“I just look at their lifestyle and think 'God I wish I could be a boy' sometimes," says Liverpool Ladies striker Natasha Dowie.
The 24-year-old niece of former Northern Ireland striker Iain Dowie is stooped over a plate of dubious looking lasagne following a 1-1 draw against her former team of five years, Everton.
Natasha Dowie in red takes on her former team mates at Everton
Prior to the derby game at Halton Stadium on Saturday, Dowie and her teammates had prepared for the new season of the FA Women's Super League by training with Liverpool's first-team at Melwood - a first for both sexes, and for women's football in general.
It seems it has left Dowie with a taste for the high-life: "They just come in and have breakfast made for them, then they can go and train for a couple of hours, and then have steak, chicken everything.
"I was saying to the chef I’d be his best mate, I’d just be in the kitchen the whole time."
Joking aside, Dowie is keen to express her gratitude to her male counterparts: “The lads were brilliant, Sturridge, Gerrard and a few of the lads came and sat with us and just mingled at lunch.
"We all chatted and they were asking about what we do, they were really friendly."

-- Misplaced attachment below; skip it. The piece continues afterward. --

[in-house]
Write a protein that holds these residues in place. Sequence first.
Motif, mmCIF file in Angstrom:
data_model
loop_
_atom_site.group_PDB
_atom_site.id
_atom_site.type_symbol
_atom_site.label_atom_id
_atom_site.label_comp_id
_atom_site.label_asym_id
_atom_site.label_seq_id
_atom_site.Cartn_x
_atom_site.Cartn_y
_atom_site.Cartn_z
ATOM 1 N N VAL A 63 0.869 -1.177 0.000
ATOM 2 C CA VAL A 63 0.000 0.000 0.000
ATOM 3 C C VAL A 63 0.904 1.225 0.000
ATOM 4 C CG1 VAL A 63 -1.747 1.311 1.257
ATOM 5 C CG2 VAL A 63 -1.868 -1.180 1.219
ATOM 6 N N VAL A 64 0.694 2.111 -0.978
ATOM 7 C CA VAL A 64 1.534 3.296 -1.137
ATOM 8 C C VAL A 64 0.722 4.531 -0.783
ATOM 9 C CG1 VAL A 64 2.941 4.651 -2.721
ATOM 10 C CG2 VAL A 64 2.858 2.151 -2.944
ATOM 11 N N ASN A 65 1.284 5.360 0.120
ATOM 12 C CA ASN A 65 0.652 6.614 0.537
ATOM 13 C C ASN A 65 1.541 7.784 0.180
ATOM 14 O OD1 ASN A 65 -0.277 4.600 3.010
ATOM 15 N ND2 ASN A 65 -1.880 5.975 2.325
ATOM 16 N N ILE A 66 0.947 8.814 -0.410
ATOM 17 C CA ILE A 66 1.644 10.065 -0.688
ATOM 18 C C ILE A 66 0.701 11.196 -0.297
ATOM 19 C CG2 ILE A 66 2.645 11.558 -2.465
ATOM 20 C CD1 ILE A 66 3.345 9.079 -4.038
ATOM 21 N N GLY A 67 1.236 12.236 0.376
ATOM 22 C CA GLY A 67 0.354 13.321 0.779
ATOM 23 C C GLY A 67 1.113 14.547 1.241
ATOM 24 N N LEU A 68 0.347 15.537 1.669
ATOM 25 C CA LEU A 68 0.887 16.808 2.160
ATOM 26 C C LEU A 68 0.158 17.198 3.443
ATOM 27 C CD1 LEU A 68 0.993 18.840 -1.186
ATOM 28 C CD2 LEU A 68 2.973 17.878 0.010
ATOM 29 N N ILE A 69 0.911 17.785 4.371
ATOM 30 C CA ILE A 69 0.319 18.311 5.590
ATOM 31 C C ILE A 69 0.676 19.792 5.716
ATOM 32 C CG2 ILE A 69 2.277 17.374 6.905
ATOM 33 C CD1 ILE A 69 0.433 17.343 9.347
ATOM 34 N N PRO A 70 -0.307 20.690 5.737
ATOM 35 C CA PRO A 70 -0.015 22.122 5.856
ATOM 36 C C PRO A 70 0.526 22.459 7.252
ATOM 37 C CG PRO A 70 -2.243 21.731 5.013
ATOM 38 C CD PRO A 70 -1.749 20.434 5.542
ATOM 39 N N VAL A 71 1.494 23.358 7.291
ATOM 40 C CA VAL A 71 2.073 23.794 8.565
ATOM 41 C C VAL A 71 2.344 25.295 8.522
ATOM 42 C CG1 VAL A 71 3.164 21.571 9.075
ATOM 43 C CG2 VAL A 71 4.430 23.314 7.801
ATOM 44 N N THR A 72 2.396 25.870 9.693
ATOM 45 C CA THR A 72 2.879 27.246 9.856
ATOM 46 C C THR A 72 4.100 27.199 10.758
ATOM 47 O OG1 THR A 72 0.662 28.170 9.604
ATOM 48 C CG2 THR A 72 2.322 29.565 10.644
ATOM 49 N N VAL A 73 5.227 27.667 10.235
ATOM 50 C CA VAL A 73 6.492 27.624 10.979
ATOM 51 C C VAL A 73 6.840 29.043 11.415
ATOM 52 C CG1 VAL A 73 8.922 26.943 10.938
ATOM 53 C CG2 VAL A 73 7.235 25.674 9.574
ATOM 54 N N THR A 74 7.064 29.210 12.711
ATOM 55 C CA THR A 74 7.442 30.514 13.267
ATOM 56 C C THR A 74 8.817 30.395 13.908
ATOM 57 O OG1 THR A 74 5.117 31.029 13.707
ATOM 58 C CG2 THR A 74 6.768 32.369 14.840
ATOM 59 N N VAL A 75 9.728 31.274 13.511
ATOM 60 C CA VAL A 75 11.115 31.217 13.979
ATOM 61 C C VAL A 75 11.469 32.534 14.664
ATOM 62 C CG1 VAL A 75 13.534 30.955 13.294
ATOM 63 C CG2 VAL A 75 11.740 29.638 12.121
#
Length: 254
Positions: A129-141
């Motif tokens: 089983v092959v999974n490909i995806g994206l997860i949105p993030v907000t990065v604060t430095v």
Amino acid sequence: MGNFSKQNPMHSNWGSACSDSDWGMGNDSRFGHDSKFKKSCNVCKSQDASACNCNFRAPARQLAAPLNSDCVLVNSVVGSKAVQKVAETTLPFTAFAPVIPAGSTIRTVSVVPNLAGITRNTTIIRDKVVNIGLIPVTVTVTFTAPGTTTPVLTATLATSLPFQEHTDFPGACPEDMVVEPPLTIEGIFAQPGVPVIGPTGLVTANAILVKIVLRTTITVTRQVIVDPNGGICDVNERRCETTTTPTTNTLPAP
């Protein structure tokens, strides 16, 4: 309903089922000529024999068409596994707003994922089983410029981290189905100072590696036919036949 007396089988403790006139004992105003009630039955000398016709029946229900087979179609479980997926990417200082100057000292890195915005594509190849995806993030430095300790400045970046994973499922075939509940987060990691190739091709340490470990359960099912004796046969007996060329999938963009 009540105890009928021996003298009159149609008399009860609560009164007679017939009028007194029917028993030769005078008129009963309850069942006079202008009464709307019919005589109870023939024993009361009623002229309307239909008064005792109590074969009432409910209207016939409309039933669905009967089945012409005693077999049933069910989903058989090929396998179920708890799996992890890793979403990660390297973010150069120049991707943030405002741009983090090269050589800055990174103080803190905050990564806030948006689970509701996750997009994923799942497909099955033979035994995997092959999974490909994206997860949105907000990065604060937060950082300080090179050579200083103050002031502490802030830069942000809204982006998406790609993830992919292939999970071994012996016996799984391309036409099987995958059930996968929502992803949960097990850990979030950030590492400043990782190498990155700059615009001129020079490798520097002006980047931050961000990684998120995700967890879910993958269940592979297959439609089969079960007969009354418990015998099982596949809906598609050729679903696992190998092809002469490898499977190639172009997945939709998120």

But it's not just the Liverpool players who are now showing their support for the women's team. Liverpool boss Brendan Rodgers has urged spectators to take the women's game "more seriously" and managing director Ian Ayre has announced a "one-club mentality".
Liverpool have also put funding into the Ladies team, meaning they have a new-look squad after signing 12 players, including England international Fara Williams, and a new manager in Matt Beard as they look to end Arsenal's dominance in the women's game.
Dowie admits this has put "a bit of pressure" on them, but she's adamant they "want to give back what the club has given to [them]".
She's feeling confident enough too, despite feeling lost in translation occasionally.
"Player for player we are just as good as Arsenal, the only advantage they have is they’ve been playing together for so long.
"I’m playing with a German player who doesn’t speak a word of English… it is quite hard with the language barrier, but eventually that will come.”
A bold claim considering Liverpool Ladies have finished bottom since the FA WSL began three years ago, while Arsenal - the most successful club in English women's football, having won 38 major trophies to date - have finished first twice.
I wonder, now they've trained together, will the Liverpool Ladies see any of the male first team supporting them at their games? Surely that would help to bolster the local crowds...
“To be fair they do seem like they’re interested, but maybe coming down to actually watch a game might be pushing it a bit.
"That would be lovely, maybe we could tweet them, you never know, if they had a little day off, maybe?"
What do you say, Gerrard?